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The many colours of hydrogen

On 16 December 2021, Northern Ireland’s Economy Minister, Gordon Lyons launched ‘The Path to Net Zero Energy’ – setting three targets in energy efficiency, renewables and the green economy.

The strategy raises ambition on energy efficiency, heat decarbonisation and renewable electricity. It makes an important commitment to making energy more affordable as Northern Ireland transitions to a low carbon society.  

The strategy notably places a significant emphasis on hydrogen as well as heat pumps as low carbon technologies vital to the decarbonisation of heating in homes. It mentions our modern gas network that has the potential to be hydrogen ready. However, one of the questions we should be asking policy makers is what kind of hydrogen is going to be used? And is it going to be better for the planet that fossil fuels, or worse?

How green is Hydrogen?

Mooted as a key energy source for the future, the real question is what type of hydrogen will be used and where will it come from? A recent report warns against using blue hydrogen stating, 'Northern Ireland is not suited for such a transitional journey'. (Source: Hydrogen – Exploring opportunities in the Northern Ireland Energy Transition). 

Analysis carried out by Frontier Economics’ in the report ‘Hydrogen options for Northern Ireland found green hydrogen is the optimal and most likely option for hydrogen production in Northern Ireland.

Currently most hydrogen is produced by steam reforming of methane in natural gas (“grey hydrogen”), with high carbon dioxide emissions. Carbon capture and storage can be used to reduce these emissions, producing so-called “blue hydrogen,” frequently promoted as being a 'low emission' energy source.

However, lifecycle greenhouse gas emissions of blue hydrogen account for emissions of both carbon dioxide and unburned fugitive methane. Far from being low carbon, greenhouse gas emissions from the production of blue hydrogen are surprisingly high, due to the release of fugitive methane. In fact, the greenhouse gas footprint of blue hydrogen is more than 20% greater than burning natural gas or coal for heat and some 60% greater than burning oil for heat (Source: How green is blue hydrogen?). 

Hydrogen production has many colours, just like the old Jason Donovan song. So let's find out what the key differences are between different forms of hydrogen and why it so important in the context of the energy transition.

What is green hydrogen?

In the kaleidoscope of hydrogen colours, green hydrogen is the one produced with no harmful greenhouse gas emissions. Green hydrogen is made by using clean electricity from surplus renewable energy sources, such as solar or wind power, to electrolyse water. Electrolysers use an electrochemical reaction to split water into its components of hydrogen and oxygen, emitting zero-carbon dioxide in the process.

Green hydrogen currently makes up a small percentage of the overall hydrogen because production is expensive. Just as energy from wind power has reduced in price, green hydrogen will come down in price as it becomes more common.

What is blue hydrogen?

Blue hydrogen is produced mainly from natural gas, using a process called steam reforming, which brings together natural gas and heated water in the form of steam. The output is hydrogen – but also carbon dioxide as a by-product. That means carbon capture and storage (CCS) is essential to trap and store this carbon.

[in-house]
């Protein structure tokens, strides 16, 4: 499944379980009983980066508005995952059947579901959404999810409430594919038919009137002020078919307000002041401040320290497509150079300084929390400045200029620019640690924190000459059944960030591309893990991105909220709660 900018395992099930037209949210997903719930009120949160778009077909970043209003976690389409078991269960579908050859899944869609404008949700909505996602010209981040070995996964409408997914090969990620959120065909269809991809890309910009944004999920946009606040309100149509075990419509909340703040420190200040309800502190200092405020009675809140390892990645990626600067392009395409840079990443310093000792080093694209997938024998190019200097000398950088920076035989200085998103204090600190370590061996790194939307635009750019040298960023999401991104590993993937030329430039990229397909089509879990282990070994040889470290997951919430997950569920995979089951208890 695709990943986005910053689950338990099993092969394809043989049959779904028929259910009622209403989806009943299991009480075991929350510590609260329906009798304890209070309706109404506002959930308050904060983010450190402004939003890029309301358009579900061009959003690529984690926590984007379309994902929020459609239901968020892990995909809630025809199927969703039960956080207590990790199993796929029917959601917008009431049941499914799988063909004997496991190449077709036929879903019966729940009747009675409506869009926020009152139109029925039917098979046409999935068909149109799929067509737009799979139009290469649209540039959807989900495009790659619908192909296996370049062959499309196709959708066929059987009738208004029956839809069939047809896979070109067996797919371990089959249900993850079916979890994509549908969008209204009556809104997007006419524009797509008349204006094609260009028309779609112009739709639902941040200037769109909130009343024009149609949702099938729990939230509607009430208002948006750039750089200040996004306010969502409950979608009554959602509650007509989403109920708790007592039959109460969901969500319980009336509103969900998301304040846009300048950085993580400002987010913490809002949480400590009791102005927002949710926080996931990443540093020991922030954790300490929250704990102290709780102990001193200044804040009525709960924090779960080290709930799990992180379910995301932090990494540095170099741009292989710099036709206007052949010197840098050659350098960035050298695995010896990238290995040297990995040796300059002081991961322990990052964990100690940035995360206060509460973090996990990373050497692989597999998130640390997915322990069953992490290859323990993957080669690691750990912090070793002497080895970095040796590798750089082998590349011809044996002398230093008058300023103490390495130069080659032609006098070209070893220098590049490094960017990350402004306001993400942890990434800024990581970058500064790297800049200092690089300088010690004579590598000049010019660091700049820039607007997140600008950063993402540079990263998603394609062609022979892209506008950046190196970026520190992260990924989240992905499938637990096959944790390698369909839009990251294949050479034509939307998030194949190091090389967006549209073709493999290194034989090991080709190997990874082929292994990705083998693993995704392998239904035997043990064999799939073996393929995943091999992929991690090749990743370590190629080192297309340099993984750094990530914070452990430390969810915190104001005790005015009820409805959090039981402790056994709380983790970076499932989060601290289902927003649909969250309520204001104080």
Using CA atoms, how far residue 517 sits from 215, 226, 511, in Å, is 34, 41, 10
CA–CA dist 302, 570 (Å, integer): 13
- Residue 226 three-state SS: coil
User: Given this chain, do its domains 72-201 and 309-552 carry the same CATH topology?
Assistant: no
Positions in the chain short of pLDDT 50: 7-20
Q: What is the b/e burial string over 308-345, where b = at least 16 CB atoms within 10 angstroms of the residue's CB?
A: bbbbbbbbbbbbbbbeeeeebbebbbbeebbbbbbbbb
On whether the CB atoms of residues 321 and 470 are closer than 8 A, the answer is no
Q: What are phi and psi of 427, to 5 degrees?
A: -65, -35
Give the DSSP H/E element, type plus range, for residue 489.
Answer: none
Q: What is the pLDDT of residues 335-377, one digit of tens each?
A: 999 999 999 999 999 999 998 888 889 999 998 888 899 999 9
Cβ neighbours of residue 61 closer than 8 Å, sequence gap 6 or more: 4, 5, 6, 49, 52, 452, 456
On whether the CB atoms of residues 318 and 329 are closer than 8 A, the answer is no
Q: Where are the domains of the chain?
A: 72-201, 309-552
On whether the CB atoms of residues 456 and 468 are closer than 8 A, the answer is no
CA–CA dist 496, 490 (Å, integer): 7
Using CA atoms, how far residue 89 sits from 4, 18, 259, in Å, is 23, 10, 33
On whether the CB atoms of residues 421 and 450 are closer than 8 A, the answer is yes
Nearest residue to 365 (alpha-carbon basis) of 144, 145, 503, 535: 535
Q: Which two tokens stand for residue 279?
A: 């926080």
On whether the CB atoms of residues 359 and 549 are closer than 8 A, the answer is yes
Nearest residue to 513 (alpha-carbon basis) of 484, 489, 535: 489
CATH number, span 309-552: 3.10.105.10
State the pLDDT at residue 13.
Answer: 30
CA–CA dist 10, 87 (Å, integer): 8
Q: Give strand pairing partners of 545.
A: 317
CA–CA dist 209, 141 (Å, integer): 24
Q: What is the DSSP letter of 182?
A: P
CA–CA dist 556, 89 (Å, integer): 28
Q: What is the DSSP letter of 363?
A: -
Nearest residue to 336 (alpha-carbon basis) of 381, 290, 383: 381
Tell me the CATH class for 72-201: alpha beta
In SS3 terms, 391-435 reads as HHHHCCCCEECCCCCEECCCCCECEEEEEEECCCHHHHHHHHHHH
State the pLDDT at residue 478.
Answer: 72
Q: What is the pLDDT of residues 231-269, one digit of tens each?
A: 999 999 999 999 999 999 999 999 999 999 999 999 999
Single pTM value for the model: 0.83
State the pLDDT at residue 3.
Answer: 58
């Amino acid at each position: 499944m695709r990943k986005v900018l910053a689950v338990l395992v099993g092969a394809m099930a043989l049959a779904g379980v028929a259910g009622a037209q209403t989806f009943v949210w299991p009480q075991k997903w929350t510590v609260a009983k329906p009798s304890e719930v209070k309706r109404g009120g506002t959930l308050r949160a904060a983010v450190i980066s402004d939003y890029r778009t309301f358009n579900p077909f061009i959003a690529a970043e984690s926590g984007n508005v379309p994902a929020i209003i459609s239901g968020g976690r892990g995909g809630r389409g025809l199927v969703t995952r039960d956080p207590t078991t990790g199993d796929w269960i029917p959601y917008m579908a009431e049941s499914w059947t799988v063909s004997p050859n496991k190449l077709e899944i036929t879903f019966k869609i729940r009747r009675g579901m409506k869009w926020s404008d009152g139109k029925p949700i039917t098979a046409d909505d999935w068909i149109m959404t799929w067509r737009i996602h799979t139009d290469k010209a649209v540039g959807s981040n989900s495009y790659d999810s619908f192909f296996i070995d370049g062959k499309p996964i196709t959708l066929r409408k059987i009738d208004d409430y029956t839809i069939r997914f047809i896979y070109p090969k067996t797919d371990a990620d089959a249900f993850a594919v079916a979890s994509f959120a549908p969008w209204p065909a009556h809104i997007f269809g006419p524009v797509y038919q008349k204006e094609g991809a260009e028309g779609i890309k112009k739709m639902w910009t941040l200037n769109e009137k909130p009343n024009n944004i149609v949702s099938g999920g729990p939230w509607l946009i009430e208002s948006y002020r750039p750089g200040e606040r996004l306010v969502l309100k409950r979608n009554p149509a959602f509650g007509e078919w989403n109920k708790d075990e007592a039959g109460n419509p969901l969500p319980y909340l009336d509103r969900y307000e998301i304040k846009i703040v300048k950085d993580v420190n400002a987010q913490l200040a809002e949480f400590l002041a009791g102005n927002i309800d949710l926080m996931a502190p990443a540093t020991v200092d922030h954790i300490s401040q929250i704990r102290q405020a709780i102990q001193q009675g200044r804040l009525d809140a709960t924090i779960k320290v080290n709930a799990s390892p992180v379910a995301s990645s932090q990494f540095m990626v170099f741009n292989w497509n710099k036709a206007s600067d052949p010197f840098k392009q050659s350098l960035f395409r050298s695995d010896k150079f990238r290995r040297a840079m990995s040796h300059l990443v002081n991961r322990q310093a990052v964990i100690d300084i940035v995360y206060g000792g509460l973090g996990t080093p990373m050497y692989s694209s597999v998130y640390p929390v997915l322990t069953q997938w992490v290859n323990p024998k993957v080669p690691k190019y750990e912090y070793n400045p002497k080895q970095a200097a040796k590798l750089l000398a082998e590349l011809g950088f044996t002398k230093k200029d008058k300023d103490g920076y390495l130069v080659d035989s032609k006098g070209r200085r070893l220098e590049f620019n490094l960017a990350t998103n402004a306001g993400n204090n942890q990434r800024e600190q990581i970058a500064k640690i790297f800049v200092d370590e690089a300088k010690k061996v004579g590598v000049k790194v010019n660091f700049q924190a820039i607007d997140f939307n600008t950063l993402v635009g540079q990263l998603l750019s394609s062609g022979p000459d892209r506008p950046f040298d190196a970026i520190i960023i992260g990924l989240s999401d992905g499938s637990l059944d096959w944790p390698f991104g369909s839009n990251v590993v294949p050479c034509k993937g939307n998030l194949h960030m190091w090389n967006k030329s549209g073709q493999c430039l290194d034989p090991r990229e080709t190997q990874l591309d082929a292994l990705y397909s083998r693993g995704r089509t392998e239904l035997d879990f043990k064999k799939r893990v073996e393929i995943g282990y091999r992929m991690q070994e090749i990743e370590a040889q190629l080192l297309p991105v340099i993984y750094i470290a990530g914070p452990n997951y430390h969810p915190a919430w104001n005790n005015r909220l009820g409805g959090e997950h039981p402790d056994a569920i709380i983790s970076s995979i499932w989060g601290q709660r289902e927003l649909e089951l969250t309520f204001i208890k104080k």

Blue hydrogen is sometimes described as ‘low-carbon hydrogen’ as the steam reforming process doesn’t avoid the creation of greenhouse gases.

What is grey hydrogen?

Currently, this is the most common form of hydrogen production. Grey hydrogen is created from natural gas, or methane, using steam methane reformation but without capturing the greenhouse gases made in the process.

What is black and brown hydrogen?

Using black coal or lignite (brown coal) in the hydrogen-making process, these black and brown hydrogen are the absolute opposite of green hydrogen in the hydrogen spectrum and the most environmentally damaging.

Just to confuse things, any hydrogen made from fossil fuels through the process of ‘gasification’ is sometimes called black or brown hydrogen interchangeably.

Japan and Australia announced a new brown coal-to-hydrogen project recently. This project will use brown coal in Australia to produce liquefied hydrogen, which will then be shipped to Japan for low-emission use.

What is pink hydrogen?

Pink hydrogen is generated through electrolysis powered by nuclear energy. Nuclear-produced hydrogen can also be referred to as purple hydrogen or red hydrogen.

In addition, the very high temperatures from nuclear reactors could be used in other hydrogen productions by producing steam for more efficient electrolysis or fossil gas-based steam methane reforming.

What is turquoise hydrogen?

This is a new entry in the hydrogen colour charts and production has yet to be proven at scale. Turquoise hydrogen is made using a process called methane pyrolysis to produce hydrogen and solid carbon. In the future, turquoise hydrogen may be valued as low-emission hydrogen, dependent on the thermal process being powered with renewable energy and the carbon being permanently stored or used.

What is yellow hydrogen?

Yellow hydrogen is a relatively new phrase for hydrogen made through electrolysis using solar power.

What is white hydrogen?

White hydrogen is naturally occurring geological hydrogen found in underground deposits and created through fracking. There are no strategies to exploit this hydrogen at present.

Source: National Grid

As with all choices, the devil lies in the detail. We all have a responsibility to hold government and the energy industry to account on the promises they have made to deliver a Net Zero future and make sure we move as quickly as possible to the cleanest and greenest sources of energy available.